Wilmington Tap and Die

Case Analysis

The general manager of Division A manufacturing taps and dies must decide whether to continue a major investment program. The program was developed to replace aging mechanical equipment with modern, electronically controlled devices. A post-audit after a first group was purchased from two machines and put into operation, showed that the actual sales was lower than in the capital expenditure request had been projected, and the operating costs were higher due to problems of adaptation to t. .. Read more »

The general manager of Division A manufacturing taps and dies must decide whether to continue a major investment program. The program was developed to replace aging mechanical equipment with modern, electronically controlled devices. A post-audit after a first group was purchased from two machines and put into operation, showed that the actual sales was lower than in the capital expenditure request had been projected, and the operating costs were higher due to problems of adaptation to the new technology. Analysis requires considering the intangible benefits of new investments in addition to the more easily quantified savings in labor costs.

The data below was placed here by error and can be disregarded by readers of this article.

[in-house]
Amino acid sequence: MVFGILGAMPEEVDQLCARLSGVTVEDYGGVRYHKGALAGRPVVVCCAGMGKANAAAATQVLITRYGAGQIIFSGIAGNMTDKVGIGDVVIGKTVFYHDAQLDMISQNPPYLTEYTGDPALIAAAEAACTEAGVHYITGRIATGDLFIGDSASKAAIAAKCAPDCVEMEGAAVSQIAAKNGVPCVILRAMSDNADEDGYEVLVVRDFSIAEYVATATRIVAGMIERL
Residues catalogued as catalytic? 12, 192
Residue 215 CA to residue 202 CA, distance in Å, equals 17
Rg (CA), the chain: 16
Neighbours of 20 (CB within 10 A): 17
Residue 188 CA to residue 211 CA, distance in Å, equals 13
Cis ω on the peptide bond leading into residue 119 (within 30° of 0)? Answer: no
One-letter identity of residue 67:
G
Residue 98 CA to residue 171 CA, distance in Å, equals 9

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from
Robert S. Kaplan,
Glenn Bingham
Source: Harvard Business School
22 pages.
Release Date: 22 March 1985. Prod #: 185124-PDF-ENG
Wilmington taps HBR case solution